Your art should determine what kind of print you want done. Ask what the printer offers, you might find out they can do something that might stand out in a stack of portfolios. We do a lot of trade show graphics so if you have gone to a tradeshow think about what the exhibitors have displayed.

One of the biggest things is knowing that this stuff is out there and available.


Hi c -g,

I want to print around 20 - 30 A3 Size page, well the paper quality should be exactly the same as EXPOSE II's paper, could be slightly thicker. I don't think I will laminate it as I got a portfolio with A3 sleeves.

Do you accept overseas order? How much will it cost per page?

Best regards,
Madison Lee:D

ThePhotographer
05-18-2005, 01:13 AM
I do Epson ultrachrome inkjet prints which are guaranteed 75 years framed with glass. I use Ilford papers and a big socalled "tracer" which can make prints of 60 cm of large and as long as you want (30 m maximum).

Some artists have already had prints made here - one of them more than 30 quite big prints.

300 ppi is sufficient. What you print out always looks SO much better than what you see on your screen. So if you're already quite satisfied with what you see on your screen and provided that your screen is somewhat correctly calibrated, you should normally be very pleased with the prints.

I have an Ilford software which I find does a super job of dobbling the size of a print. For the photos, people don't even recognize that it's not silverprint. Currently, I only take about 15 Euros for a quite big print and give discounts for big numbers - also for for example 30 different images.

Similar things can of course be done on "normal size high quality" for examle Epson printers with Epson, Ilford or Fuji papers. The Ilford is very high quality, but I reckon that Epson and Fuji are also very good and they have a greater variety of paper types.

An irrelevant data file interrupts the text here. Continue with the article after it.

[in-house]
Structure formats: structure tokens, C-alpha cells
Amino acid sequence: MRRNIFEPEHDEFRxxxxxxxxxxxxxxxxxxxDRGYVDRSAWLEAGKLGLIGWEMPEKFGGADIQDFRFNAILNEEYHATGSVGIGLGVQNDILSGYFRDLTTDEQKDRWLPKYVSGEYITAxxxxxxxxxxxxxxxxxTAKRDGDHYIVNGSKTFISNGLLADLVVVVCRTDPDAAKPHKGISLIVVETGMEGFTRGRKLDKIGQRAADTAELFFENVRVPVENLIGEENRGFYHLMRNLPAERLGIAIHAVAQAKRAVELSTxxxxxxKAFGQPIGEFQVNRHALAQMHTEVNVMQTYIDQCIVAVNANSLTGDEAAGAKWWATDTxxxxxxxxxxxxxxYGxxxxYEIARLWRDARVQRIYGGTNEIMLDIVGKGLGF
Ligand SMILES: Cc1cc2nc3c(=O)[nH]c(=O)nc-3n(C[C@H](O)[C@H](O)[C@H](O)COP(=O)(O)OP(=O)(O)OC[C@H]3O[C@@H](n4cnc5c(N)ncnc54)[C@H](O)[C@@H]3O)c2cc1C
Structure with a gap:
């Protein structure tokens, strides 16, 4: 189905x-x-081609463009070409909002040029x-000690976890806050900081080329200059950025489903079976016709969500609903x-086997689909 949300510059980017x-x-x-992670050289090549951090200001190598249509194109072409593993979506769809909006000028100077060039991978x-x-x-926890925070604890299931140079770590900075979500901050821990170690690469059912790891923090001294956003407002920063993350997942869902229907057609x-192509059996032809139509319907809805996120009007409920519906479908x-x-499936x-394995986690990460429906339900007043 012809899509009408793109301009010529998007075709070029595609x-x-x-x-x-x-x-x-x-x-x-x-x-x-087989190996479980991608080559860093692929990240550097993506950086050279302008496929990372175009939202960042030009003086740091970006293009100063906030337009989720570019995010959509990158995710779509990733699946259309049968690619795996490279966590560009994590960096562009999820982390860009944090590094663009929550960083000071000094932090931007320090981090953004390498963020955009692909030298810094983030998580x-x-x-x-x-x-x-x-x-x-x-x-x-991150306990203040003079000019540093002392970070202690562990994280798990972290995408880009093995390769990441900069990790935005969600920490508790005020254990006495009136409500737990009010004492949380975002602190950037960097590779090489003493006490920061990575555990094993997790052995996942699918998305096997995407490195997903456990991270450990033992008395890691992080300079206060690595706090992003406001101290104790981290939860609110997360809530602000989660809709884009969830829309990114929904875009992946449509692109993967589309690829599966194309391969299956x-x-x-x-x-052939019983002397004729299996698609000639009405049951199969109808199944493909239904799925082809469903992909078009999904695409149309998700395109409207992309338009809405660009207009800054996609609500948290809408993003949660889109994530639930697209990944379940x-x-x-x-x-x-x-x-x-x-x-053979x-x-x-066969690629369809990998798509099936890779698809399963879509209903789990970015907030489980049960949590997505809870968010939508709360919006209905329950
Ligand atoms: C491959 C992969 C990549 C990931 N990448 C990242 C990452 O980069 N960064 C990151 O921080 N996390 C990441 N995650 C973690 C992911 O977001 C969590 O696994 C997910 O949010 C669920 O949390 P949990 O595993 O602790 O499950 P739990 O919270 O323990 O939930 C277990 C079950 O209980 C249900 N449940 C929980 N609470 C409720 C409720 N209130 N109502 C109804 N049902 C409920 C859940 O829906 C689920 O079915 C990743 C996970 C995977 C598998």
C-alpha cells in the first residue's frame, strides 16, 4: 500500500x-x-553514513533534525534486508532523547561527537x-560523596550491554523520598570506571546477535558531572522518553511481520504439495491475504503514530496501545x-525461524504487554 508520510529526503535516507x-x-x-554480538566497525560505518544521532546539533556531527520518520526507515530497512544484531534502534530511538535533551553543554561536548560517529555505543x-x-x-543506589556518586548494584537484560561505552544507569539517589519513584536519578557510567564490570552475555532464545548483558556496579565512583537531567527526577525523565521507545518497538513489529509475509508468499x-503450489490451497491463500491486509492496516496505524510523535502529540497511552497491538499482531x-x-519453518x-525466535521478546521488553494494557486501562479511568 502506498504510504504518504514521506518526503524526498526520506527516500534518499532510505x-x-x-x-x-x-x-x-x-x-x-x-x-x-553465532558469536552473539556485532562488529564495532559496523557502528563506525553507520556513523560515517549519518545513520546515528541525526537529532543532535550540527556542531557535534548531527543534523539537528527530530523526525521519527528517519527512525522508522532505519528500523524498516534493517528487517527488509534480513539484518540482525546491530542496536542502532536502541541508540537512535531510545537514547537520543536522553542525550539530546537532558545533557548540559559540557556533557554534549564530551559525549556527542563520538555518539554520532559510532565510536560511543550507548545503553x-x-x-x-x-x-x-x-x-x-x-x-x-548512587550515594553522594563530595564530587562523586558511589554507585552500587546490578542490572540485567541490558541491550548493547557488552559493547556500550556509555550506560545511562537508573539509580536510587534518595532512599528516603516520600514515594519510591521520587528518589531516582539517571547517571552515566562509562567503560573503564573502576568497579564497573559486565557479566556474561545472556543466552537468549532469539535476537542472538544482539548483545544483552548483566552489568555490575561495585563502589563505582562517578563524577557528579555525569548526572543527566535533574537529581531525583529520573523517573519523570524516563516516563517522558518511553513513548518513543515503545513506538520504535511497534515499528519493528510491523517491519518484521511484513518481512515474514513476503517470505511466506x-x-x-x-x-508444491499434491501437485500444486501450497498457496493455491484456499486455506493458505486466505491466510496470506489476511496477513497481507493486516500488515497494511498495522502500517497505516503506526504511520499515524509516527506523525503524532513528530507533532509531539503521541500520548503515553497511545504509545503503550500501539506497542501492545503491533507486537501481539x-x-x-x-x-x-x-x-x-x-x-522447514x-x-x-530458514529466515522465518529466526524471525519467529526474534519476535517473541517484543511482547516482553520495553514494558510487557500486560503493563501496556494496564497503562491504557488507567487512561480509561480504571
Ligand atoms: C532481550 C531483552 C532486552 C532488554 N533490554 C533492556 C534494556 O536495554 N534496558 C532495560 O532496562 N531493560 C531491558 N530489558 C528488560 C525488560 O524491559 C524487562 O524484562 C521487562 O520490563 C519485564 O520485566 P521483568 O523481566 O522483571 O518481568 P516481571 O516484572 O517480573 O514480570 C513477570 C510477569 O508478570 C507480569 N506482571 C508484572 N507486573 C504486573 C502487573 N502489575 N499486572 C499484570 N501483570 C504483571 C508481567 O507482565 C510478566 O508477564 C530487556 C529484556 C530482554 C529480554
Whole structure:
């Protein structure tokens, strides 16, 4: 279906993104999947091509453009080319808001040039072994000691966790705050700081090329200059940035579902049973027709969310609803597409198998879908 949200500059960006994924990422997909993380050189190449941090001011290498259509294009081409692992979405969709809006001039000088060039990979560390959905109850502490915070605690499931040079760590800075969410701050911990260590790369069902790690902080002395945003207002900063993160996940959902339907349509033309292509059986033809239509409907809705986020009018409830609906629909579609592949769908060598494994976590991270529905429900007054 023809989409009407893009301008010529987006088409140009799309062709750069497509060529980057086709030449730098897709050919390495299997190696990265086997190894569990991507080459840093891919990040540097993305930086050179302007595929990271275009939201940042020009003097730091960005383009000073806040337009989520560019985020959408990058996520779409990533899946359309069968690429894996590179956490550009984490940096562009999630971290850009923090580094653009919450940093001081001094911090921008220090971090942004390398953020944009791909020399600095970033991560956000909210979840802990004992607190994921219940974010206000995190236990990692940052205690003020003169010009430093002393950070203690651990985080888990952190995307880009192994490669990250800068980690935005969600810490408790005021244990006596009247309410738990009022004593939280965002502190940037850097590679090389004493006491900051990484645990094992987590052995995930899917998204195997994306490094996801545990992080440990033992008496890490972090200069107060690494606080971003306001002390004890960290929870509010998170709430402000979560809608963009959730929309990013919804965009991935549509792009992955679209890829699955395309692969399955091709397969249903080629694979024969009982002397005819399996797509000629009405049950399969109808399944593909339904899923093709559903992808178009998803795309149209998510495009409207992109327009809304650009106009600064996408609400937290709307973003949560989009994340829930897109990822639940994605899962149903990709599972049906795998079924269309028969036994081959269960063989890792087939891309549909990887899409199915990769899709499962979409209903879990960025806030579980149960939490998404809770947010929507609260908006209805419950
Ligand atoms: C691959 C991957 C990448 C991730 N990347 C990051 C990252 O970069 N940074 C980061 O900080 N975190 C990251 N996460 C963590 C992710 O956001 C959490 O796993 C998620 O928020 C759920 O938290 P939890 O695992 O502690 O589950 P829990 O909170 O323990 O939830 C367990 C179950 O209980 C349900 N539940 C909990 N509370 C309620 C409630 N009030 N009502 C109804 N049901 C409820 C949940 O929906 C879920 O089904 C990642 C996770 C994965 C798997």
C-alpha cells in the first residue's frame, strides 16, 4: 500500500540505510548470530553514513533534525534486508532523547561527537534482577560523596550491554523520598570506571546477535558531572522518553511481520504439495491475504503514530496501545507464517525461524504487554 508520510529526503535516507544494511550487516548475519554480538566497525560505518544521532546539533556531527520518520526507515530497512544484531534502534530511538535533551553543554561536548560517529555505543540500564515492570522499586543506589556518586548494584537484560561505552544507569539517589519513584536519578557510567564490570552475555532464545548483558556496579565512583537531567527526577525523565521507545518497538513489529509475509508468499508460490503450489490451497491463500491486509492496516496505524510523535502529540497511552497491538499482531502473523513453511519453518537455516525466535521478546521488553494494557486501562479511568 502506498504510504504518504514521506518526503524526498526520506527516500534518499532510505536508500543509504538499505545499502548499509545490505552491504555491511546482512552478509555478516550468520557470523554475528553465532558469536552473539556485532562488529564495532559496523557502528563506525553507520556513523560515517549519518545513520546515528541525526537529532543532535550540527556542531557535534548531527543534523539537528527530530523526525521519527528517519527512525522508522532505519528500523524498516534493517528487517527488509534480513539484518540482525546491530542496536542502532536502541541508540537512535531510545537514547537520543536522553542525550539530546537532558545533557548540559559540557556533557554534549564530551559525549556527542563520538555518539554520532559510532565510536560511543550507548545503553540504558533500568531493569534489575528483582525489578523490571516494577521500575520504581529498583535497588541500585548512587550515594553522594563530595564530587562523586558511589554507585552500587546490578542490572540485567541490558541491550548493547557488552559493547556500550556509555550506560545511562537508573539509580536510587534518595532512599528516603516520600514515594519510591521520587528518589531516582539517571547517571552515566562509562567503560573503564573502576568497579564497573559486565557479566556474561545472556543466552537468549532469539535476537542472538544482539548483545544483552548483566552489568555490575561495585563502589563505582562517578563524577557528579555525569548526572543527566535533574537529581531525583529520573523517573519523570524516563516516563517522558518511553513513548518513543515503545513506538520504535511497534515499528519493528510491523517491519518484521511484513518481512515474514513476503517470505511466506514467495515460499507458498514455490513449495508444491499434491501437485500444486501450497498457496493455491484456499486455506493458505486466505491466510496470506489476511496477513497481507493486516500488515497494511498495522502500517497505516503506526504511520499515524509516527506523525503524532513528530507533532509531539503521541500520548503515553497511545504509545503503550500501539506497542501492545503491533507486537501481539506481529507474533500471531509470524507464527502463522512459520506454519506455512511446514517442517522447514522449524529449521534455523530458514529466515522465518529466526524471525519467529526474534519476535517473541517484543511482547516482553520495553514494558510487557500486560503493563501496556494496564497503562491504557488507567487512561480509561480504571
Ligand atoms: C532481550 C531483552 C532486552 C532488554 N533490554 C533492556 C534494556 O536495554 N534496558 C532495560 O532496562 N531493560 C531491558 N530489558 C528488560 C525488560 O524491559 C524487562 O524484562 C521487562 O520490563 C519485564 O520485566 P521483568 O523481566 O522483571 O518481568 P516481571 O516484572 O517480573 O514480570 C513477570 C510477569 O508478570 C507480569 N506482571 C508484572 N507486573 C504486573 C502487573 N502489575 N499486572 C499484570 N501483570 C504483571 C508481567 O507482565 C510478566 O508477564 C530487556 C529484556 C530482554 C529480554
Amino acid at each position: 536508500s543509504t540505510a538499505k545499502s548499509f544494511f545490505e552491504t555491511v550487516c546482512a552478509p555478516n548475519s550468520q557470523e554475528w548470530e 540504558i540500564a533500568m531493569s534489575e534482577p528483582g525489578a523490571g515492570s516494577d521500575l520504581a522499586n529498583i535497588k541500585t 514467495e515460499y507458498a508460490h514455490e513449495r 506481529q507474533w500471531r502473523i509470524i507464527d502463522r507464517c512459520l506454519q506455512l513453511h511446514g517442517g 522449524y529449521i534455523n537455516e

I would try to figure out if some photographer in the surroundings wouldn't have those facilities by coincidence. Many photographers have more and more digital facilities and would perhaps not ask you for 500 or more prints, but would do piece by piece. Exactly as I do myself.

This isn't an advertisment either ! Just to let you know what kind of services you should be able to get whereever you live. I'm sure that there must be some "smart" guys in HongKong doing these kind of things !

c-g
05-18-2005, 01:47 AM
Since we don't normally stock the paper it would be a special order. I know there are people closer to you that would do the same thing without the cost of international shipping.

Madison
05-18-2005, 02:09 PM
Dear The Photographer,

Thanks for your lovely reply, I'm really pleased that you let me know about your service. Sounds yummy, LOL. Though I started to look at some high quality A3 printer out there, as you know Hong Kong is a good place to buy electronic devices, cheap and good. :p

HP Deskjet 9800 is the one I'm looking, also the latest model ( HP Photosmart 9750 ). They do good quality stuff, so I will wait and see, of course need to save up. LOL